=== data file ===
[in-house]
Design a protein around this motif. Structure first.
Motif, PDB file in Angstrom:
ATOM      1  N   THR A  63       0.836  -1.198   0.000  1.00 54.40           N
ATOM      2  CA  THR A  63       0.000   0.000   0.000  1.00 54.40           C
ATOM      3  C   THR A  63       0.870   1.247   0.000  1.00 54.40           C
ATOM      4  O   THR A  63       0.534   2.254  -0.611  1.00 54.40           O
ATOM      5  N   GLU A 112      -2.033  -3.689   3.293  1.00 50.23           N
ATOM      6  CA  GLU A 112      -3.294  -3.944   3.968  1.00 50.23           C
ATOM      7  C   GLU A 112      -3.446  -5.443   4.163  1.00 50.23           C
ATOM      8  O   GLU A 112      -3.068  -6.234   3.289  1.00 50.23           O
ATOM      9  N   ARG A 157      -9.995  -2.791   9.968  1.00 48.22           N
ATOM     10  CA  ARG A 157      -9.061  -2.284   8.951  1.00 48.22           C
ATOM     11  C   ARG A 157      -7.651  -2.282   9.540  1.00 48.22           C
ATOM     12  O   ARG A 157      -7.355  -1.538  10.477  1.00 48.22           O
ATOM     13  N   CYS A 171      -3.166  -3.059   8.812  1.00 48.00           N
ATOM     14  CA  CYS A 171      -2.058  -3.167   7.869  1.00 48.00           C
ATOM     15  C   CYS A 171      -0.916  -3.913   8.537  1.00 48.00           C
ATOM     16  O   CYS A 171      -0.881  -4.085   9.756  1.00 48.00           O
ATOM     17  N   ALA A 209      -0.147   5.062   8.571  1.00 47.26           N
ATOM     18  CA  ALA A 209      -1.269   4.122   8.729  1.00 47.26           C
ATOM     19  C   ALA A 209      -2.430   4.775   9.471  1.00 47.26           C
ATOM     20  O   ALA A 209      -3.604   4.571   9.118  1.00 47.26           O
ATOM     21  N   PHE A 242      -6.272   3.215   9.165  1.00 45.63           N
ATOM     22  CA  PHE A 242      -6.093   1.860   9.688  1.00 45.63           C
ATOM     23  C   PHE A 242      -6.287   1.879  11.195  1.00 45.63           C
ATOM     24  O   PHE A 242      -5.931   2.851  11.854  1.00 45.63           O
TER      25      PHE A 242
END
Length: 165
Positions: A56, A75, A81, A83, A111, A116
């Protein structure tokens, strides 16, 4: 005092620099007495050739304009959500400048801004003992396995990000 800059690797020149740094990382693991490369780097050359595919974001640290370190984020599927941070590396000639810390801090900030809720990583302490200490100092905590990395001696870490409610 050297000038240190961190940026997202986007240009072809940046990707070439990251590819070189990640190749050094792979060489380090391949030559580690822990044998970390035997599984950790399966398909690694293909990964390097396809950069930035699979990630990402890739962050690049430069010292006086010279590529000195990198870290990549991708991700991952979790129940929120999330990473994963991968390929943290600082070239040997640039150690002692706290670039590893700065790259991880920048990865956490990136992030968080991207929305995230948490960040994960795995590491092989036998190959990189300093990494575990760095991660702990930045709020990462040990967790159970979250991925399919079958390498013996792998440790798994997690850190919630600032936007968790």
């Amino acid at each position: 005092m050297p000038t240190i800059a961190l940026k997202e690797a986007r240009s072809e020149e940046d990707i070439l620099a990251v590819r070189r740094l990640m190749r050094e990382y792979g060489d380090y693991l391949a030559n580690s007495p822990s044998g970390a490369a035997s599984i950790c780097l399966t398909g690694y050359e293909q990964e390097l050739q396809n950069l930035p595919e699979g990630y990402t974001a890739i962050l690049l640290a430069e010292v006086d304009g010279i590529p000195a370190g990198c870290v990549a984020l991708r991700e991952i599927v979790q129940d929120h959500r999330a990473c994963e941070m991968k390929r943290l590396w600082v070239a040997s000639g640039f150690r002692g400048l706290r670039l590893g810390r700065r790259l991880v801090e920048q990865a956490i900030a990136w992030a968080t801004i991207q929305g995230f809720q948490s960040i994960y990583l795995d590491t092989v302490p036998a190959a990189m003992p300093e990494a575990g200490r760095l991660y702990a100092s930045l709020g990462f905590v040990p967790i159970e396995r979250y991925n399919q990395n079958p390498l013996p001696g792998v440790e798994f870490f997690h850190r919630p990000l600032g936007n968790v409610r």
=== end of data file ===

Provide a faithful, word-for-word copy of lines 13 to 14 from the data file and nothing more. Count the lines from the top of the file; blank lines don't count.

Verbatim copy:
ATOM     10  CA  ARG A 157      -9.061  -2.284   8.951  1.00 48.22           C
ATOM     11  C   ARG A 157      -7.651  -2.282   9.540  1.00 48.22           C